Ground-breaking new blood test set to predict late pre-eclampsia with 90% accuracy
Pre-eclampsia currently affects up to 6% of pregnancies in the UK but this new study is a ray of hope to significantly reduce that statistic through a simple blood test.
Scientists at the Laboratory for Reproductive Medicine and Immunology in San Francisco studied 160 births and found that molecules in the blood can detect the condition several months before pregnant women present with symptoms.
These molecules are called microRNA and are found in the blood cells in the placental bed that lines the uterus during gestation. Studying these molecules could also help doctors avoid premature births, miscarriages and other complications.
Tim Child, the medical director of Oxford Fertility told BBC News: “Pre-eclampsia, premature birth and miscarriage are significant issues all around the world, so any research is important…. While the number [of case studies] is very limited, the statistical relationship between the test and the complication is very high.”
Child said the study is “very exciting” as it can be used to develop new treatments and screenings in the future. This small sample trial will serve as the initial basis for larger trials and further screenings before the test can be fully developed and become standard practice.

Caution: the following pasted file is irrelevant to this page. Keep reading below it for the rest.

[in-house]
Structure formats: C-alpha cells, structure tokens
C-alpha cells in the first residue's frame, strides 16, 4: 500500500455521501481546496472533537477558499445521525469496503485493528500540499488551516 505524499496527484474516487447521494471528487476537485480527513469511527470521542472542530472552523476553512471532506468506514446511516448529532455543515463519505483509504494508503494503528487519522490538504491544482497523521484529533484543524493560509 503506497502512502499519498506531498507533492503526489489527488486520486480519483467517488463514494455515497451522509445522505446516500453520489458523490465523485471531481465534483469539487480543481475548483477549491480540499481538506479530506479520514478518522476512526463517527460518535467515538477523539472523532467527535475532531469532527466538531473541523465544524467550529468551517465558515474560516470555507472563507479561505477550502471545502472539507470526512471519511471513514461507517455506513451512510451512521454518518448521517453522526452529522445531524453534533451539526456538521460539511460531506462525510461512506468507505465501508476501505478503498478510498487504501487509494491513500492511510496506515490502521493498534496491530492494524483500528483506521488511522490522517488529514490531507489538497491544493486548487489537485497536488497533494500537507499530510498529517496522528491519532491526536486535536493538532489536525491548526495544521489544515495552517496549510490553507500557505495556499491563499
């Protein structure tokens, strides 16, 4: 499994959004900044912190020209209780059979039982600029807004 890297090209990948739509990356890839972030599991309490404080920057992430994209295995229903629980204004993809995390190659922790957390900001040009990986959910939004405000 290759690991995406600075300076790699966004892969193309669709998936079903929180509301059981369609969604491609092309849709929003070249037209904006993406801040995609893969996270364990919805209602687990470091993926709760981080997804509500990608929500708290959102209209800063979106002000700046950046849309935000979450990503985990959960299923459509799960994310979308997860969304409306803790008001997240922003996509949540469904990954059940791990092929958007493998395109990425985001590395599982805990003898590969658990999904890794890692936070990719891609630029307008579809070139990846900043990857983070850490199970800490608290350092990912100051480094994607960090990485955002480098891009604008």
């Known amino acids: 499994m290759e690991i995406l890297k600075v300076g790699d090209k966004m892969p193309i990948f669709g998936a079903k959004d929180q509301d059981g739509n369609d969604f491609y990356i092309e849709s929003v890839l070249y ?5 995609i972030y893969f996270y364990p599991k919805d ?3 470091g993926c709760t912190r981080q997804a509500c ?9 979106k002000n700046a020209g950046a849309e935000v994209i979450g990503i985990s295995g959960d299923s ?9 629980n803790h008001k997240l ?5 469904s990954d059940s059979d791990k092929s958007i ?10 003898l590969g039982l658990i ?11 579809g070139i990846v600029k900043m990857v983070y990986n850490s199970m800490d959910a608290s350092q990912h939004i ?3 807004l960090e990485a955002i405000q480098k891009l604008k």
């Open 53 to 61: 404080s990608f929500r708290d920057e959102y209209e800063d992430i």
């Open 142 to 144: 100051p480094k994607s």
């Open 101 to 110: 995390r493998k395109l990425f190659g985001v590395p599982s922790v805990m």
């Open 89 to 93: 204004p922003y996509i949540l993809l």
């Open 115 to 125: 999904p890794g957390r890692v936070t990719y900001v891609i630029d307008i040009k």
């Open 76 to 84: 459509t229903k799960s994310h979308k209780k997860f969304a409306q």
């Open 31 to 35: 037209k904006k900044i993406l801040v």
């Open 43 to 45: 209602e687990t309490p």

Child added that this breakthrough, along with ongoing research and follow-up studies, could lead to a better understanding of the “root cause” of this dangerous and life-threatening, placental condition.
Early detection and medical intervention significantly reduces the risk of pre-eclampsia and while experts warn that the findings from this study are currently “small and preliminary,” it is being hailed as a promising breakthrough for high risk pregnancies.